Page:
WRITING STYLE: 2.5/5
ENTERTAINMENT QUOTIENT: 3/5
“Arjun Singh is a typical South Delhi brat whose biggest worry is securing a much coveted seat in one of the city’s top colleges. But his ambitious plans come to a screeching halt when he scores a paltry `55’ in English in the board exams. Unable to meet the cut-off, Arjun is forced to take admission in a neighbouring second-grade college. Between grappling with his identity as a Sikh and facing repeated misfortunes in love, Arjun’s only solace is his three best friends from school who have also ended up in the same dump. What will happen to his future now?”
“55”, written by Chetan Chhatwal, is a story about Arjun Singh, a rich spoilt Sikh brat who goes through various transitions in his life while trying to come to terms with problems that he has to face. His main quirk is that he is very insecure about his long hair and the turban and believes that everything is going wrong with him because of the turban. However, being a bit religious and not wanting to hurt his family sentiments, he tries to live with it and not cut his hair. With his plans of joining St. Sebastian to study for an Economics degree shattered, as he gets only 55 in his English paper, he joins the SAC and spends 3 years not going to college, trying to woo Radha, the love of his life, and generally trying to have as much fun as possible with his 3 best friends. What transpires in the end makes for an interesting read.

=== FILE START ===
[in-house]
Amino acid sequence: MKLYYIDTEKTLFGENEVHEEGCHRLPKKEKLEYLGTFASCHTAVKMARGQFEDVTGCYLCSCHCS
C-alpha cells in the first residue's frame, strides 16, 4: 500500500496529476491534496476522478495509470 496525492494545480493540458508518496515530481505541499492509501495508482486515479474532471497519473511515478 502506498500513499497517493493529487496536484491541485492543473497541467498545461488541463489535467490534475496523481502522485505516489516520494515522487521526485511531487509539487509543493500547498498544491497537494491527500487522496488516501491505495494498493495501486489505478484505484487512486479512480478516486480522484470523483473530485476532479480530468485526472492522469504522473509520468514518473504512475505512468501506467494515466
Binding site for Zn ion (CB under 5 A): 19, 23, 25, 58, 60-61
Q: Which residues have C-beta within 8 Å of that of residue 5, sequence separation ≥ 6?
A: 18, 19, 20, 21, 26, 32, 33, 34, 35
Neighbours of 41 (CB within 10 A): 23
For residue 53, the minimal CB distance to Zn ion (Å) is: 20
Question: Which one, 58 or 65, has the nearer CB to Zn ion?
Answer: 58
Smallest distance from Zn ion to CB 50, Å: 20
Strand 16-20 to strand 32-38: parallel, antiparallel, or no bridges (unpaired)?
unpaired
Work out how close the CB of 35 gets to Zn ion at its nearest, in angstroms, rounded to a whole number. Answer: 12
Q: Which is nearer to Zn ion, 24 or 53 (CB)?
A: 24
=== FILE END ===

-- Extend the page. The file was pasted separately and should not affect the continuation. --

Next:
To be honest, the start of the book was not really great as there is a long and tedious description of what the protagonist does as soon as he gets up, including an unnecessary description of his time on the potty. In fact, the entire book is interspersed with an unnecessary amount of shit related jokes. Apart from this, one could feel that the author was trying too hard, especially in the initial stages, to sound humorous. Alas, it does not come across well. Also, while trying to build the bad boy image of the protagonist, the author sometimes goes too far (with insults) to try and makes you feel that there is an overdose.
However, as the book goes on and there is some semblance of a story developing, you will find yourself interested in how Arjun Singh would eventually fare and his encounters with love interest Radha are particularly worthy of interest. In spite of the crass humour in the beginning, there are many instances in the book that would make you laugh out loud, but the author does miss out on creating circumstantial comedy and instead relies on crude jokes. The story, while going nowhere is a commentary of the 3 years spent by Arjun Singh getting a degree and the end is abrupt, too, which leads one to believe that there could be a sequel in the works.
While not an excellent book, it is still a very good attempt by the author and one that you would definitely enjoy while travelling.